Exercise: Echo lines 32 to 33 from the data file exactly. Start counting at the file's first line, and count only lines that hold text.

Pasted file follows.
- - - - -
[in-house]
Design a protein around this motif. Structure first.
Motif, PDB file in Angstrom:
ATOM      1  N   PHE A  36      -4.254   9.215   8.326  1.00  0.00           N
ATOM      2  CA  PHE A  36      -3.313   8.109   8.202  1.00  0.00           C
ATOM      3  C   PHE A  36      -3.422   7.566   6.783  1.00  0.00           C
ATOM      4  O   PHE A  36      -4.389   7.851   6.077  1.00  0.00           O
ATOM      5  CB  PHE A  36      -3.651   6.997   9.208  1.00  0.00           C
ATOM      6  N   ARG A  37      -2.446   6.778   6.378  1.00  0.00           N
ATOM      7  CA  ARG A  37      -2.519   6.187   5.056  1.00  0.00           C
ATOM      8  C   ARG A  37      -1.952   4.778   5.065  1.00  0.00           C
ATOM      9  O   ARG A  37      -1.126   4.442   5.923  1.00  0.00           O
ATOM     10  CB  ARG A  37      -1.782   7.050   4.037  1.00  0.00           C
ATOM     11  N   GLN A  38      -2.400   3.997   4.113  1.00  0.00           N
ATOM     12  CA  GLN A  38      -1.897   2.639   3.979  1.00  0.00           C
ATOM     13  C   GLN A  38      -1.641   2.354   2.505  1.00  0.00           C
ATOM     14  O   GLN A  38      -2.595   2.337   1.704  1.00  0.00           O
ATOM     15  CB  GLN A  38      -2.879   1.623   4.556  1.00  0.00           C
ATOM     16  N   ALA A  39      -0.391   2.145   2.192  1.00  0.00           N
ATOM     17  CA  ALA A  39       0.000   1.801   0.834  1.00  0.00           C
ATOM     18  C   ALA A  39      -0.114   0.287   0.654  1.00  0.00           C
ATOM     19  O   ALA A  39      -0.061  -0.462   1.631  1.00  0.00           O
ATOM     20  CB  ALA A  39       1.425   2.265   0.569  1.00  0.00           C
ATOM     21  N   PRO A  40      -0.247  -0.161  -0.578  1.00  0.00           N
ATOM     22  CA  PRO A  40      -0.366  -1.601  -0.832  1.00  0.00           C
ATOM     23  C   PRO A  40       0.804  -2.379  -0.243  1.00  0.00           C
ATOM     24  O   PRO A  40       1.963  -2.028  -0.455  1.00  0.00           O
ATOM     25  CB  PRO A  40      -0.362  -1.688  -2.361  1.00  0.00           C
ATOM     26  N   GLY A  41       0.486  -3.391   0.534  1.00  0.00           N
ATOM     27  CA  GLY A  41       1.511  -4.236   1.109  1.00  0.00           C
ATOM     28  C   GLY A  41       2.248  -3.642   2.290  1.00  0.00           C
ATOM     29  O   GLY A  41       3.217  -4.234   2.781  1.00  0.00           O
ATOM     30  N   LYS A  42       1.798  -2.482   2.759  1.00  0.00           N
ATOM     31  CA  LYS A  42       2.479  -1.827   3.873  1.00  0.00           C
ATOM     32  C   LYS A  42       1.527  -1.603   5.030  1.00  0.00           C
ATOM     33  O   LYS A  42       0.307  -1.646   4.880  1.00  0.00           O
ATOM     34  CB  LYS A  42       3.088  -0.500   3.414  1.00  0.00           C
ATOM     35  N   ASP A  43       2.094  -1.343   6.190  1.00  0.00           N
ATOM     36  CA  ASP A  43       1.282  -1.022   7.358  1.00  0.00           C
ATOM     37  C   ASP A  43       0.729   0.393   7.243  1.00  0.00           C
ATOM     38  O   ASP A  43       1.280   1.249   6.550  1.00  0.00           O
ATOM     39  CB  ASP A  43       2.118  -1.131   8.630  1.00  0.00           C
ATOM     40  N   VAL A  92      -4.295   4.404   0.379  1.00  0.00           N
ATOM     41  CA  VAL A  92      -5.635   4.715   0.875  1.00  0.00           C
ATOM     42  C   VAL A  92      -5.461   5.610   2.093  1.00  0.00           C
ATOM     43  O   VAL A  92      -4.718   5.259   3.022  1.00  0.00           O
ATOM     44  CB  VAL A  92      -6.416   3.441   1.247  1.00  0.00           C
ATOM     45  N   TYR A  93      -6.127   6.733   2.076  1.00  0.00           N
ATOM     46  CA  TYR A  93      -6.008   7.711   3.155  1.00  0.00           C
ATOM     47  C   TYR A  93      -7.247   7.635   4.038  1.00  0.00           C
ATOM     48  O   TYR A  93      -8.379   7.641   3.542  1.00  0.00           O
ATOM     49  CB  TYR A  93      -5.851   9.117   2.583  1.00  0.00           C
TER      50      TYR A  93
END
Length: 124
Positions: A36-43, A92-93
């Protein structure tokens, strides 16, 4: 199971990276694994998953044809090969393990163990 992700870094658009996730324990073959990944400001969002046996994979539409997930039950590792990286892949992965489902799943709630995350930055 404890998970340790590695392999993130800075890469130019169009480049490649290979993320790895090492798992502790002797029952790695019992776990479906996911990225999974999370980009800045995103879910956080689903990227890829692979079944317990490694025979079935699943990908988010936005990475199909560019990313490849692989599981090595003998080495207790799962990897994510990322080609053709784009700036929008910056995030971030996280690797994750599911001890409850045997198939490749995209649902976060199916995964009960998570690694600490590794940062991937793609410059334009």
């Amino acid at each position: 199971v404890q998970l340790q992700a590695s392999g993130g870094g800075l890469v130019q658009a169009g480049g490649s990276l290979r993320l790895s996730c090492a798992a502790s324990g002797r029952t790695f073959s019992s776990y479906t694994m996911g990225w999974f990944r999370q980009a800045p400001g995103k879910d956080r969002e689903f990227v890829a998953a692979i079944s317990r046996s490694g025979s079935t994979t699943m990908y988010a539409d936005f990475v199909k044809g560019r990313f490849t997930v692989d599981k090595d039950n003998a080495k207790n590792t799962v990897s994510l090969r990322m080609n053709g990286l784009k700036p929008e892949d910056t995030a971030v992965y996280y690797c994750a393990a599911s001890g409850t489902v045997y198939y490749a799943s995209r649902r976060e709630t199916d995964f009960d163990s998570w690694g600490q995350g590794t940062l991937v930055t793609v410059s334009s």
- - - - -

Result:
ATOM     29  O   GLY A  41       3.217  -4.234   2.781  1.00  0.00           O
ATOM     30  N   LYS A  42       1.798  -2.482   2.759  1.00  0.00           N